Retuning cheese making

From the beginning, my desire to make cheese was rooted more in a desire to find a way to preserve milk I might actually have in excess at my farm than any other thing. That is, I never set out to make true Cheddar or Ricotta. Instead, I want to make Innisfree cheese using time-tested methods.

So far, my effort has been a mixed bag, partly because I’m not listening to what the milk is telling me. On the other hand, I have learned a lot from the mistakes I’ve made and have a much better idea of how to proceed.

For me, moving forward means going back to what started me down this path, and that means rereading Sandor Katz‘s excelled writing on the subject. His approach is fundamentally what I am trying to do, and I’m working to reapply his simplicity to what I am doing.

If you are interested, I highly recommend his book Wild Fermentation (affiliate link). It is simple, straight-forward, and an excellent primer for anyone looking to make a variety of fermented foods, including cheese.

DLH

Fromage

2015-06-13 11.13.45I started making my own cheese about six months ago, and today, I waxed my first hard cheese to age. It is a farmhouse cheddar based on the recipe from the New England Cheese Supply Company.  This wheel will be ready about the middle of August if all goes well.

What I’ve discovered so far is both how easy cheese making is and how tasty the results can be. I start with raw milk I get from our herd share. Most of the time, I make a simple queso blanco (recipe below), but now I am branching out into hard, aged cheeses, mostly because they last longer and spread the cheese making out some.

Innisfree Queso Blanco (adapted from a variety of sources)

  • Start with at least two gallons of whole milk.
    • If you’re using store bought milk and want a heavier cheese, add cream to achieve the desired consistency.
    • The more cream in the milk, the denser and wetter the cheese will be. I use the wholest milk for ricotta-like curds and the skimmedest milk for making a hardened grating cheese all based on this recipe.
  • Heat the milk to 185F.
    • Some people add salt at around 175F. I don’t and haven’t noticed a difference.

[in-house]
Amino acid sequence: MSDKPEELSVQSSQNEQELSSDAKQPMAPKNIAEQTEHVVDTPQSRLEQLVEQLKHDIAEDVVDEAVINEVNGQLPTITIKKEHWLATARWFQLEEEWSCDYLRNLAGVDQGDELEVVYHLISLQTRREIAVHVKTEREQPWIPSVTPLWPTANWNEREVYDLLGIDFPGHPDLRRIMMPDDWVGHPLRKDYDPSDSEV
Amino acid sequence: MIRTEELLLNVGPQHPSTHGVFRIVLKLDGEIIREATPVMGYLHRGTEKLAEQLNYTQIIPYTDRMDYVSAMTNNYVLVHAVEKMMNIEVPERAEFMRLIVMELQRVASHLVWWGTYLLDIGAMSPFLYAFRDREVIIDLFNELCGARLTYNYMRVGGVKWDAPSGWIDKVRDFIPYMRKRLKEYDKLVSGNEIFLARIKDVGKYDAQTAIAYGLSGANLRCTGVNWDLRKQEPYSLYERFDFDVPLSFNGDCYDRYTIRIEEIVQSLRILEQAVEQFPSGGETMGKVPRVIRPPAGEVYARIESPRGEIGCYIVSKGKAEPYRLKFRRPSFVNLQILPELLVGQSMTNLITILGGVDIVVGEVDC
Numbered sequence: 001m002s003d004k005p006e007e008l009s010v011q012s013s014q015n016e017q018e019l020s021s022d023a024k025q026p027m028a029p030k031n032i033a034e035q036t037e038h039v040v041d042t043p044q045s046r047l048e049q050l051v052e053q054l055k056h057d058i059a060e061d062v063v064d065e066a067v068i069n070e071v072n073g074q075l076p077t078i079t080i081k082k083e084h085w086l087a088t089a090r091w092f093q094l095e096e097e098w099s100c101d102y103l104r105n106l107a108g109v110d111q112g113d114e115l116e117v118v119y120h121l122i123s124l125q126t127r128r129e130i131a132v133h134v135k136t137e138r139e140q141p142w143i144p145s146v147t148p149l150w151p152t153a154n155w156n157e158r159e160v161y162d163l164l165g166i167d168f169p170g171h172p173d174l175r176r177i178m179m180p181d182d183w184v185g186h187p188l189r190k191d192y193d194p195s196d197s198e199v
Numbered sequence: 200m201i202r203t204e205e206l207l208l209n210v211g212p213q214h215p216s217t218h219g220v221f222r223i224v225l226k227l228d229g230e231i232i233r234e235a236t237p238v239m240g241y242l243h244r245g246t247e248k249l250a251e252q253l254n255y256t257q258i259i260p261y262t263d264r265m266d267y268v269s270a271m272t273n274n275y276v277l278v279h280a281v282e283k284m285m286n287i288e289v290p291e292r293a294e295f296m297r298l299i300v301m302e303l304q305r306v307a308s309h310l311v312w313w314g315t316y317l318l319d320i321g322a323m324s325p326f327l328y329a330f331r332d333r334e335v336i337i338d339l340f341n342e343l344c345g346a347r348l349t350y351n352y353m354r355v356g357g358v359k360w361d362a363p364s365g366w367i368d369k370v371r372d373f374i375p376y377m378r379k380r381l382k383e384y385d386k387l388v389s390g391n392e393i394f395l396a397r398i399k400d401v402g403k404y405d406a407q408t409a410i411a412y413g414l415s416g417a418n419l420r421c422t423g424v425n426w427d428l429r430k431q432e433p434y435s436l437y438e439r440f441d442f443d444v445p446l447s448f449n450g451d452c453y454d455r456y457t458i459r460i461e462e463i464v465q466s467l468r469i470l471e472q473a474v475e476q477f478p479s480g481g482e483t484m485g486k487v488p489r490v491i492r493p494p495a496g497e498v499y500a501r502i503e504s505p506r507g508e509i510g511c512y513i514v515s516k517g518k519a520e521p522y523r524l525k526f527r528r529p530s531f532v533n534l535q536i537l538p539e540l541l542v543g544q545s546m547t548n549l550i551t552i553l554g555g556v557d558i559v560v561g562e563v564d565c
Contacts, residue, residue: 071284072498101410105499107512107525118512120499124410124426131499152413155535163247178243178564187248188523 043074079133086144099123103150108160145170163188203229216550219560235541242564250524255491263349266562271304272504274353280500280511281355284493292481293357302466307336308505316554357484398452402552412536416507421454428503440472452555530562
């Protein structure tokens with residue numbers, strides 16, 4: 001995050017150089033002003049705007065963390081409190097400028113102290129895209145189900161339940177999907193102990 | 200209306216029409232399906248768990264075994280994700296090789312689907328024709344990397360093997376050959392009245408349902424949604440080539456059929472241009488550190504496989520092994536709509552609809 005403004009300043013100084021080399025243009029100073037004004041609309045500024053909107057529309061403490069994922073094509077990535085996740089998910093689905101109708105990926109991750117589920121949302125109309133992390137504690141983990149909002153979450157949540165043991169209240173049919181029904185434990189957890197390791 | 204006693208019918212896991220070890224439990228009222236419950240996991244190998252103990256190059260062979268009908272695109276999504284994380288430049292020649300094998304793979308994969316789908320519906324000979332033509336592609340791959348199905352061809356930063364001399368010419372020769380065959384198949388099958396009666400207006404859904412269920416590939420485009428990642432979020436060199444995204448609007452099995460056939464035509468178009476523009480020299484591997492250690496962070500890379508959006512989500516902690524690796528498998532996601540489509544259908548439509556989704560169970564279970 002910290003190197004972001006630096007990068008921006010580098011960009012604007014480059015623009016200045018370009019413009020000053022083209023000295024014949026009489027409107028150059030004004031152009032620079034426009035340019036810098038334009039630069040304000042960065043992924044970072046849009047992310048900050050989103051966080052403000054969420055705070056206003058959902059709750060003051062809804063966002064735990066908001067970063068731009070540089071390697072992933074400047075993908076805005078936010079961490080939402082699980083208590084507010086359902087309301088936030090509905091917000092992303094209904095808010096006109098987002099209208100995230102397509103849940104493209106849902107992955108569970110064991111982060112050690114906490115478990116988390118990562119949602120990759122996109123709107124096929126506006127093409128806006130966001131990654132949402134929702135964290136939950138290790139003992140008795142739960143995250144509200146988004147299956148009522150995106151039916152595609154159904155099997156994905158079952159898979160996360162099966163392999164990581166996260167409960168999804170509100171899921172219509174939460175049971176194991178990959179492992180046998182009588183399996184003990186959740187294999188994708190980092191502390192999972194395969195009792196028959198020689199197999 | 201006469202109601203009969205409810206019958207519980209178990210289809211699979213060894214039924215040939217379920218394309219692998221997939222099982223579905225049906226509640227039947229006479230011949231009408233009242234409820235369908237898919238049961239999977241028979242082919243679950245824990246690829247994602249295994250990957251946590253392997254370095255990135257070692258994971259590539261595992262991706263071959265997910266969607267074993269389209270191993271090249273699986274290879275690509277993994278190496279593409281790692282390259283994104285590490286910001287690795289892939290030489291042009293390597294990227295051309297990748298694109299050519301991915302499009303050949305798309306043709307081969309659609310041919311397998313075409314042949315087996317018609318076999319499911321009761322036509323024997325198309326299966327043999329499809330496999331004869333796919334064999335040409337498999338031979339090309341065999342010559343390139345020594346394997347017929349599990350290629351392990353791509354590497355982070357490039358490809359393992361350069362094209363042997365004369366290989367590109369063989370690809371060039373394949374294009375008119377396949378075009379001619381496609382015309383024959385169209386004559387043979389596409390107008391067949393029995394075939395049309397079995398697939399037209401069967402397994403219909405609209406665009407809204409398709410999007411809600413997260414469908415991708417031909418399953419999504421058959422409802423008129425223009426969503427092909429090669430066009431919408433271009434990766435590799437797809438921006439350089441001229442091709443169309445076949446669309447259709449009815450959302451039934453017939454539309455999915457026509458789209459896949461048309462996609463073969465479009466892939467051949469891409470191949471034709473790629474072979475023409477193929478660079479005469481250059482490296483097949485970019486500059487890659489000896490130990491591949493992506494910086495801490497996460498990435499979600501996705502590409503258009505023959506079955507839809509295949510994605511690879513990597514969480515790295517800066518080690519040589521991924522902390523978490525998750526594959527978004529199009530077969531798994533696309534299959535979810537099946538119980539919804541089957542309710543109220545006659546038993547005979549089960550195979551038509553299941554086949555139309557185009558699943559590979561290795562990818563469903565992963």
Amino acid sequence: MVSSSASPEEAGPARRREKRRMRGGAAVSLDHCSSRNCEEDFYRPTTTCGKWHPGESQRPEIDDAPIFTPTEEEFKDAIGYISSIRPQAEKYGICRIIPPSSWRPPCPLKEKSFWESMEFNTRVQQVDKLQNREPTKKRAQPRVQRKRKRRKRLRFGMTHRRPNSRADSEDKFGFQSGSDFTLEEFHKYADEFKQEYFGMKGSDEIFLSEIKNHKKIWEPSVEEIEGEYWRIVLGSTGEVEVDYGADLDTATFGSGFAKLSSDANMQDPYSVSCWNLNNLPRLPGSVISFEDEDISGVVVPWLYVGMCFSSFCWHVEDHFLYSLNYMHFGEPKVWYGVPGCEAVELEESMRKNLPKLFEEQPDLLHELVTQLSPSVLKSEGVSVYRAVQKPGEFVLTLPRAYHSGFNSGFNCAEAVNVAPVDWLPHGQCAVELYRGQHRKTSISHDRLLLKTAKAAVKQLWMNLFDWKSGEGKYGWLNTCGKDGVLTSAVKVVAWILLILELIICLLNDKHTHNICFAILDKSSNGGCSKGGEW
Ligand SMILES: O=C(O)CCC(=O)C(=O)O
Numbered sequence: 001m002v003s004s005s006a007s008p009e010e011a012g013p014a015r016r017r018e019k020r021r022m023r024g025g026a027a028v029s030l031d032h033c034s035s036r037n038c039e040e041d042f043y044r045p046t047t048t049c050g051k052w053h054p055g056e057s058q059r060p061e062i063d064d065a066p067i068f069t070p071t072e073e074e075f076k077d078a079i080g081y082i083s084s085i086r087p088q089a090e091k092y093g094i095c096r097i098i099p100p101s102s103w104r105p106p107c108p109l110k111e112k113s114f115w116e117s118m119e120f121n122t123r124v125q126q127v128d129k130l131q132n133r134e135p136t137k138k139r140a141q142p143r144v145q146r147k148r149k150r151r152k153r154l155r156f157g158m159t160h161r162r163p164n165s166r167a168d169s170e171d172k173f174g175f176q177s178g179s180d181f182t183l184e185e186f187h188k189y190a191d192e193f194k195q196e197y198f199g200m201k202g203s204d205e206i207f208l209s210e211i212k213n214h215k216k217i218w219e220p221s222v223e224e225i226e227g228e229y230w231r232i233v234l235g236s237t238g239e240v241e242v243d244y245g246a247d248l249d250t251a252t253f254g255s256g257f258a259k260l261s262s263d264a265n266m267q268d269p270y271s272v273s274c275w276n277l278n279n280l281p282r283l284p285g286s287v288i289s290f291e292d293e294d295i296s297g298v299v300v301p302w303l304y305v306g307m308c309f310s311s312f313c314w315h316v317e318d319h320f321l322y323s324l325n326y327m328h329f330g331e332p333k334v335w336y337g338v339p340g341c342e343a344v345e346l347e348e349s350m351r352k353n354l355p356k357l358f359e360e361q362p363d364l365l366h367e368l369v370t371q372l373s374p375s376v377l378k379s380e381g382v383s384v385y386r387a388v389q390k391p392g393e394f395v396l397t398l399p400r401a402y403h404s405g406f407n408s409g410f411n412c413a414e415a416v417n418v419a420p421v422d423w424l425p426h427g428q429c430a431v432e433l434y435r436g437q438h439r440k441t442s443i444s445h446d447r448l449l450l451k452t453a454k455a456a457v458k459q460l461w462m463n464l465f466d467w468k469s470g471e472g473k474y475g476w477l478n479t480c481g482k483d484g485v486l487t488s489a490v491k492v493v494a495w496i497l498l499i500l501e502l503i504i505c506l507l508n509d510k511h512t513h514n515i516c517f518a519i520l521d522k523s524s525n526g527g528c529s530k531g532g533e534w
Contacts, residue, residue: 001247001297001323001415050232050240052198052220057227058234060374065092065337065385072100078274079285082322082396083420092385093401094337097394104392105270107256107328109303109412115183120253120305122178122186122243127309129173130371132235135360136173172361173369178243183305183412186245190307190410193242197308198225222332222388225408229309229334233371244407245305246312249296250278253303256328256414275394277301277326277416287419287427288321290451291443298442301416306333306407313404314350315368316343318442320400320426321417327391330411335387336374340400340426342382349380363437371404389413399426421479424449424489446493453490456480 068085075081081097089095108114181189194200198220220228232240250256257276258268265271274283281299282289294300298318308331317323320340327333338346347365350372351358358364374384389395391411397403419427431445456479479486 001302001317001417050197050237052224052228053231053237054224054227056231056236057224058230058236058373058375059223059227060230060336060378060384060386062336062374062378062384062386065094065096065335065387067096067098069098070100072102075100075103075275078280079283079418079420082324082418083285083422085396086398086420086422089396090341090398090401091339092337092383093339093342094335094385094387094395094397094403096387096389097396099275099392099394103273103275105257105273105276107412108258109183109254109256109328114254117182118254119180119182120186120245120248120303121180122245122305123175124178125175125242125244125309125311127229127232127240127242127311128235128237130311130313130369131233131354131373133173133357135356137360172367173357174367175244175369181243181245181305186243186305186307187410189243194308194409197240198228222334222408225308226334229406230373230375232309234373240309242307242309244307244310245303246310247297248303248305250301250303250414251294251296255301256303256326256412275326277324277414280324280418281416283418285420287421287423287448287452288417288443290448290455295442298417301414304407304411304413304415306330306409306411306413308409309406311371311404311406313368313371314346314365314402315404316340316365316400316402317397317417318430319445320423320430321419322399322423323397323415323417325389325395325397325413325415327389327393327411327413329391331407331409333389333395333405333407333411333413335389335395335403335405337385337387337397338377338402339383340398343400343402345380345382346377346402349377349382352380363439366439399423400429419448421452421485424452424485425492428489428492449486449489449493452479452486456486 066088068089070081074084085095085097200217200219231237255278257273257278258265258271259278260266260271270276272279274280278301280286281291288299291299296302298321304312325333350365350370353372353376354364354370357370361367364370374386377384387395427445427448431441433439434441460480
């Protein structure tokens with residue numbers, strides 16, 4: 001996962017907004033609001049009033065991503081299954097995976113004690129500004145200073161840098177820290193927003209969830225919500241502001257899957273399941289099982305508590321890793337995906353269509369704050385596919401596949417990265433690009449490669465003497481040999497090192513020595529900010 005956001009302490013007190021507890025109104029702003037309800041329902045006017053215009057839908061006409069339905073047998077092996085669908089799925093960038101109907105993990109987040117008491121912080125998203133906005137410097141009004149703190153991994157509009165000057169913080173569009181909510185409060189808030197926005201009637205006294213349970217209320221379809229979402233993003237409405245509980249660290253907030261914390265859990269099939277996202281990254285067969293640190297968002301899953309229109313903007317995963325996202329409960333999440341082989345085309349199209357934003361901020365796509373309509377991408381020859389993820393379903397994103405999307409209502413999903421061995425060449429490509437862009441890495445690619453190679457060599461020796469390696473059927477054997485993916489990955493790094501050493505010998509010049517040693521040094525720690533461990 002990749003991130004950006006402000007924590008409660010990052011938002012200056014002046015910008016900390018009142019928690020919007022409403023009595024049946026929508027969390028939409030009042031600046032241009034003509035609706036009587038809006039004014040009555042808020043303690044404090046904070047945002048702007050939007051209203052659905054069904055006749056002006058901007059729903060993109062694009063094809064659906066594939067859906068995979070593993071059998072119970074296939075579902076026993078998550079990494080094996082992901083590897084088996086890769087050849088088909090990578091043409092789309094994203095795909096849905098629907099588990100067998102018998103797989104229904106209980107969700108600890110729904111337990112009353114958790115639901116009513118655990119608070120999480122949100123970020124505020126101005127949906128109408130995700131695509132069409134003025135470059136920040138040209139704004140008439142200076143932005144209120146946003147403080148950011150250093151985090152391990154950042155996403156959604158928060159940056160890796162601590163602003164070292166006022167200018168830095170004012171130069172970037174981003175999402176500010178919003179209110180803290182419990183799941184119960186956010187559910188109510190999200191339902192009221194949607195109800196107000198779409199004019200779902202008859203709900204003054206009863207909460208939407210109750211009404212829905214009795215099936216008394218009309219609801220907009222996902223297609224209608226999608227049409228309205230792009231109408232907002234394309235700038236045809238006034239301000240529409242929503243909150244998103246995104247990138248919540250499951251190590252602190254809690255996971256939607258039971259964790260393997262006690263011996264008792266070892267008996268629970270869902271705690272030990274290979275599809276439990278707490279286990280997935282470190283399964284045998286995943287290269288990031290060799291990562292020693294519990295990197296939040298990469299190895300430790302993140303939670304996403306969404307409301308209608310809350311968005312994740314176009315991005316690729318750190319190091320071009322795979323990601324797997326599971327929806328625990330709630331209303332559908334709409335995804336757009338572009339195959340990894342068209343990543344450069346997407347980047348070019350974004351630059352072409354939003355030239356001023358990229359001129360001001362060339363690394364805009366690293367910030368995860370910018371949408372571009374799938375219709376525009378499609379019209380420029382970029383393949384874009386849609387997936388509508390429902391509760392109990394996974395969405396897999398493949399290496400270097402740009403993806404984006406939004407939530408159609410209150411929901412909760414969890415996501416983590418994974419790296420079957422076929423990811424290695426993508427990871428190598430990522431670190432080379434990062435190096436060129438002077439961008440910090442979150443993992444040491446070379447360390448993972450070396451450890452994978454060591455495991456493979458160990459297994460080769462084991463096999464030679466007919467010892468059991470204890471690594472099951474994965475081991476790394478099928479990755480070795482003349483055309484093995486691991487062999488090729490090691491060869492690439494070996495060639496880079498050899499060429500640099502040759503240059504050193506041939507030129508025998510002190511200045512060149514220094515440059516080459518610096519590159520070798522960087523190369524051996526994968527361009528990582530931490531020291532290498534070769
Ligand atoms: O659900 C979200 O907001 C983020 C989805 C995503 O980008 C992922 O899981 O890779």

• Add 1 cup of apple cider vinegar for roughly every two gallons.
    • I actually use three cups for four gallons of whole raw milk.
    • You can also use lemon juice or citric acid. The internet is full of ratios, but don’t be afraid to experiment.
  • Remove from the heat and let stand for 10-15 minutes to allow enough time for full curd separation.
  • Pour off the whey. Be careful, it is really hot!
  • Strain the curds through a cheese cloth in a colander until they stop dripping.
    • If you want wetter curds, let them drain less.
    • If you want dryer curds, squeeze the  cheese cloth lightly to remove excess moisture.
  • Pour the curds into a bowl and add around 1 tablespoon of salt per two gallons of milk.
    • I salt to taste, which can involve as many as four tablespoons for four gallons. My rule of thumb is just saltier than you think it should taste. It will mellow.
  • If you want to press your cheese, I recommend a small cheese form. I press it five pounds per side, flipping it once, then ten pounds per side, flipping it once.
  • Wet curds will last about a week in the fridge. Dry curds will last about ten days in the fridge. The pressed wheel lasts about a month in the fridge.
  • If you want a really, really dry, sharp cheese that is good for grating onto salads and things, used the skimmedest milk to make the cheese, press the curds into a wheel, let it continue to drain in the fridge for a few days, then continue to dry it by dusting the surface with salt and placing it in a bag until the cheese is the consistency of Parmesan.

The problem with making your own food…

The problem with making your own food is that you actually have to make it.

It’s amazing to me how, in certain ways, lazy we moderns are compared to our ancestors or people living in parts of the world without our standard of living. Granted, all sorts of measures say we’re the most productive humans ever, but those measures treat modernity as the pinnacle of civilization to this point, which fact remains to be proven.

It wasn’t all that long ago that failing to produce one’s own food meant starvation and death rather than a late night run to the grocery or Taco Bell even in our own culture. Perhaps our ancestors weren’t as productive on the modernity scale, but they certainly knew how to survive without the incredibly large and fragile web of dependence we’ve created for ourselves.

Nevertheless, I consider returning to a form of their productivity worth pursuing, but for me, it’s a constant battle to actually do it. I have to remember to proof my sourdough starter before the bread runs out or start my next cheese run in enough time that it’s ready when I want to eat it.

Perhaps the problem is that I have the luxury of thinking of it as a problem. For my ancestors, it was life itself. For me, at least as of yet, it’s a luxury and a novelty. I’m not saying I want to be at risk of starving, but I do want to take the undertaking more seriously.

DLH

We’ve all gotta eat

It turns out we’ve all got to eat, and it’s probably no surprise to anyone who knows me that I have a few things to say about the undertaking. Hence this food blog.

My goal is to focus on the preparation of food from locally grown, sustainable ingredients as well as the science, history, and folklore behind food, especially foods that many people consider ingredients and don’t think about making themselves. In addition, I will post interesting food related tidbits as the mood hits me.

DLH